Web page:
Greed (Latin, avaritia), also known as avarice, cupidity, or covetousness is, like lust and gluttony, a sin of desire. It is applied to an artificial, rapacious desire and the pursuit of material possessions. In an effort to secure super profits and keep their Leviathan’s afloat agencies have become self-serving and rarely think of their client’s best interests or needs.
Sloth (Latin, tristitia, (“without care”) refers to a peculiar jumble of notions, dating from antiquity and including mental, spiritual, pathological, and physical states. It may be defined as absence of interest or habitual disinclination to exertion.
The lazy work ethic employed by today’s agencies is sloth at its most pure defination. Taking 14-16 weeks to write a simple retail television commercial as I have seen some do, is just not on. If it was an isolated incident there might be some excuse but it happens time after to time. I have seen clients brief their agency 3 months in advance only to be presented with an idea so late and close to on air material deadlines they are not accorded any opportunity for effective input. Should they challenge the work, they are told, they risk missing their airdates.
Wrath (Latin, ira) can be defined as uncontrolled feelings of anger, rage, and even hatred. Wrath often reveals itself in the wish to seek vengeance. In its purest form, wrath presents with injury, violence, and hate.
Question their creative, production direction or costs and agencies unleash the dogs of war. I have seen instances where they maliciously set out to destroy people who do not follow the party line.
Envy (Latin, invidia), like greed and lust envy is characterised by an insatiable desire. It can be described as a sad or resentful covetousness towards the traits or possessions of others. It arises from vainglory and severs a man, woman or organisation from their community.
Agencies tend to prosecute a bloody-minded culture of criticism towards all those who are their competitors, their critics or those who hold contrary views.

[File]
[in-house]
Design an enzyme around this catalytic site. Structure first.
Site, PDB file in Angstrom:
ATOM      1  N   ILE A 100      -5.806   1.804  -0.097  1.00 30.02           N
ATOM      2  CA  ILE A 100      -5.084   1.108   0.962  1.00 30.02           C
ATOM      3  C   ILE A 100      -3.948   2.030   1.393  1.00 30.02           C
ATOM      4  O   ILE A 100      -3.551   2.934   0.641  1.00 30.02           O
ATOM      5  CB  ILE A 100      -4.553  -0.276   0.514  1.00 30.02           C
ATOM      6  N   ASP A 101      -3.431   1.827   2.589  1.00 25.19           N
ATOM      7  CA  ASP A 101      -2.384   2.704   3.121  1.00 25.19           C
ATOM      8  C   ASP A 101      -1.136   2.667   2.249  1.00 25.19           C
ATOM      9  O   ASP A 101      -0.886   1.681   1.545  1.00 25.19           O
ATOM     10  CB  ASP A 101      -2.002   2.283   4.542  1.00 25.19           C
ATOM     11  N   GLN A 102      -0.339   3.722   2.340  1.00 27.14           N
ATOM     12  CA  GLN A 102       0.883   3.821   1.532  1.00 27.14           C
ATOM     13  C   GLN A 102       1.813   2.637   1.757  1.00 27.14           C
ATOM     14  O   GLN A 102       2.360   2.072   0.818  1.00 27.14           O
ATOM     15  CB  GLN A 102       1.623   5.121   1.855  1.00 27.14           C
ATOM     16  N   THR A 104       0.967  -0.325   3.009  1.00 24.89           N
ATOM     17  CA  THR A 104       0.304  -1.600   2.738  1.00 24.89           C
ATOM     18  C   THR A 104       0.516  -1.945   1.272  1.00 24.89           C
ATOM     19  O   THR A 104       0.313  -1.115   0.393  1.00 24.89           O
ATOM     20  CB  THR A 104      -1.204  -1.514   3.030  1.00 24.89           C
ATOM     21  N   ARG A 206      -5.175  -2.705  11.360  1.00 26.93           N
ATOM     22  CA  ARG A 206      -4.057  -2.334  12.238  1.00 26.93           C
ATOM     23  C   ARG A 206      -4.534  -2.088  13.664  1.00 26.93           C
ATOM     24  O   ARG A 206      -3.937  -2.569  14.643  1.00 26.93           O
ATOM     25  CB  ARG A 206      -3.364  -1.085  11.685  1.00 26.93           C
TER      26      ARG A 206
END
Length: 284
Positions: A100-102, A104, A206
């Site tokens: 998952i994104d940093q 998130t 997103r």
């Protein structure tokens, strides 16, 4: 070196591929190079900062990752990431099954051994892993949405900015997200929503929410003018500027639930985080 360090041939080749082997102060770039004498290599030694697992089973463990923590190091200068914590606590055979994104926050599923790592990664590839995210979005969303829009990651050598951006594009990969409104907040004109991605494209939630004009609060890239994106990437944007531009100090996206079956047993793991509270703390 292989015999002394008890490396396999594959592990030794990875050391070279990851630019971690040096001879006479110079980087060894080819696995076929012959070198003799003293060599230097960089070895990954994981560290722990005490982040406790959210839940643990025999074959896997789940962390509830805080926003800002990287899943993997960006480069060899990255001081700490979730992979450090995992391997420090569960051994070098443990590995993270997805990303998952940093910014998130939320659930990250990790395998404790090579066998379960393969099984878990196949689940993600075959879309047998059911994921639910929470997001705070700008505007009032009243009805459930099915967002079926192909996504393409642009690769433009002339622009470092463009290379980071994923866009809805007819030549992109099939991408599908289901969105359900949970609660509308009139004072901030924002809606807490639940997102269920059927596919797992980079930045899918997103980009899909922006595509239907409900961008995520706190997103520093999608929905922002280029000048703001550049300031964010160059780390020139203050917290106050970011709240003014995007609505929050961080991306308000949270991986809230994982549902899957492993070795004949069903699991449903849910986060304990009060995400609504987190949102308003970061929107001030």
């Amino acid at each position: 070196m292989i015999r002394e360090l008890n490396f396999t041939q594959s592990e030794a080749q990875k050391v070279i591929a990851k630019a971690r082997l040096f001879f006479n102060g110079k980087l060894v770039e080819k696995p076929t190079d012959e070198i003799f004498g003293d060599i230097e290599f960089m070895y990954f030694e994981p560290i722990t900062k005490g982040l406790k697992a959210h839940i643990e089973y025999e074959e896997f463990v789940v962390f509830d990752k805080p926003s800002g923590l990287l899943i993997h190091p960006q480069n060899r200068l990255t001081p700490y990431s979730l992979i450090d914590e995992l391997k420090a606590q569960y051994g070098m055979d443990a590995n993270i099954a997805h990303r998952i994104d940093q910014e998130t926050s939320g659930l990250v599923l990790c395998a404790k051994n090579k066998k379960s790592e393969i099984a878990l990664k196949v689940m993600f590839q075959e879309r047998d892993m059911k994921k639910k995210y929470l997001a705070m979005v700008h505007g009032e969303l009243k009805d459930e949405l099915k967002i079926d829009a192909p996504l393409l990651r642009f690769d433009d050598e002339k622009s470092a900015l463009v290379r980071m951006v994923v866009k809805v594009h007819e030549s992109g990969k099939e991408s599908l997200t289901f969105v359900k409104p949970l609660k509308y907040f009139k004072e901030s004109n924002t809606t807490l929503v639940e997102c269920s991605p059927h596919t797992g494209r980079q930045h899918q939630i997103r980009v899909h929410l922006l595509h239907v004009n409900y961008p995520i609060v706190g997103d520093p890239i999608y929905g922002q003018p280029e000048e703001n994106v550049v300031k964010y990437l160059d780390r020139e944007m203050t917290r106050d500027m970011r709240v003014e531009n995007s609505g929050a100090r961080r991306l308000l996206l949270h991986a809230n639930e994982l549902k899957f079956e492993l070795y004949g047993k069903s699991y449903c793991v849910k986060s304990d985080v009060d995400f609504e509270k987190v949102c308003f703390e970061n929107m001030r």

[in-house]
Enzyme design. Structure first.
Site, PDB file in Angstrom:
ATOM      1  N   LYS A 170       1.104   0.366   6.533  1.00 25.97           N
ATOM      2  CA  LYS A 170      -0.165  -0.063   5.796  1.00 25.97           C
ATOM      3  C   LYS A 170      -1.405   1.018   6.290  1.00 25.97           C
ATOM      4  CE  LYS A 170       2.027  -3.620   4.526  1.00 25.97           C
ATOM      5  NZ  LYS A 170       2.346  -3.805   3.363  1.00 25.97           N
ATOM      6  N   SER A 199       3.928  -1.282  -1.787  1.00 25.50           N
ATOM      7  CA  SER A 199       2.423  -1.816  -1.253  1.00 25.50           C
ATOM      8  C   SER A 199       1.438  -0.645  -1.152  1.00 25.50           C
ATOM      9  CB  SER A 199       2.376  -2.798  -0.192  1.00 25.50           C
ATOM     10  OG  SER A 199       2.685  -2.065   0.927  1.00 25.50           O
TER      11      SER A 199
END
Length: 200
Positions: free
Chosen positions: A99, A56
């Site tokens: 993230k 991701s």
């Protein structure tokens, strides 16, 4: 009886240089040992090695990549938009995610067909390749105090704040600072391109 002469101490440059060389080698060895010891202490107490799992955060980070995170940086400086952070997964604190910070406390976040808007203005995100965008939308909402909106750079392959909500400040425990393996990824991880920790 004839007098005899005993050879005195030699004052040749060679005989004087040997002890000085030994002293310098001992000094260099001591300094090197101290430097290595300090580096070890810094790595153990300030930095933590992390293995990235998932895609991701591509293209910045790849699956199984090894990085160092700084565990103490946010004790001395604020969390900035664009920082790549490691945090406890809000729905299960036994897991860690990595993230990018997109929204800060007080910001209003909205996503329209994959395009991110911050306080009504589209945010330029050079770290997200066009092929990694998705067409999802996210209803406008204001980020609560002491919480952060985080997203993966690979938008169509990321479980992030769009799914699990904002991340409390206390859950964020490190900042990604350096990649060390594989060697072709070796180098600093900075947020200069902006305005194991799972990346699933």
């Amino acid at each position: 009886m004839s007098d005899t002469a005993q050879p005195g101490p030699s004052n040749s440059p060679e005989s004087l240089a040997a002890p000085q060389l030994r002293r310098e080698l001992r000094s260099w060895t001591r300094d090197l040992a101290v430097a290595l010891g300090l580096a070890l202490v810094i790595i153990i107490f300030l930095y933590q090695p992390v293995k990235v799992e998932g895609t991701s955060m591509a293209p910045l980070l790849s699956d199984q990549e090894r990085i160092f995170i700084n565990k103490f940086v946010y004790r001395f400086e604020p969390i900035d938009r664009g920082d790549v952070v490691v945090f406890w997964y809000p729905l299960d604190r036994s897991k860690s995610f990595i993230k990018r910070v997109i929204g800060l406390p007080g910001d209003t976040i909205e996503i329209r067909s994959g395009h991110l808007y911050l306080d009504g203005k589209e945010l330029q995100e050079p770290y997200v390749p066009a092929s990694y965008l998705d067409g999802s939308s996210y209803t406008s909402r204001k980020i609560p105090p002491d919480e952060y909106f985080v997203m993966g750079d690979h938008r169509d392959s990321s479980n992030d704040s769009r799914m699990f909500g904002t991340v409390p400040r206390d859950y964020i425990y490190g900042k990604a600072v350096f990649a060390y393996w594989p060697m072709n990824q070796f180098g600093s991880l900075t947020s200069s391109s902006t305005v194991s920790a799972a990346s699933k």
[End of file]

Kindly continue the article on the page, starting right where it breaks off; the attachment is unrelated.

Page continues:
Pride (Latin, superbia) The negative version of pride is considered the original and most serious of the seven deadly sins: the perversion of the faculties that make humans more like God, dignity and holiness. It is also thought to be the source of the other capital sins. Also known as hubris (from ancient Greek ὕβρις), or futility, it is identified as dangerously corrupt selfishness, the putting of one’s own desires, urges, wants, and whims before the welfare of all other.
Agencies dismissive contempt of criticism or input is the very essence of pride. They hold a superiority complex that excludes any reasonable debate. Question their costing’s or production recommendations and you are consigned to being a fool, out of touch with the modern agenda or commercial reality. Agencies bully clients into poor choices and threaten them with missed deadlines if they ignore their recommendations.
There’s a fine line between confidence and pride. Agencies often demand that their people “take pride” in their work. This is a strength that is shadowed with weakness. Examples are the ridiculously self-important and self-promotional case studies that appear on agency web sites. Not only do they reveal strategies to their clients’ competitors, they often make it seem like their clients couldn’t succeed without them.
They would have you believe they have some special secret that other agencies do not.
Another example is the way they put idiotic TM’s on processes that are pretty much self-evident and use fancy words when simple ones will do. Agencies don’t appear humble, even if their people are.
Don’t get me wrong not all Agencies commit every sin all the time, (with the exception of one or two). But most are so arrogant they forget what they are in business for, that is to sell their clients products and/or services in the most cost efficient and timely manner possible. It should not be about creating something to win awards, or bolster their creative portfolio at the cost of the brand. It should be about working for the paying client to produce effective advertising and marketing.
Let Mahatma Gandhi have the last word on the seven deadly sins: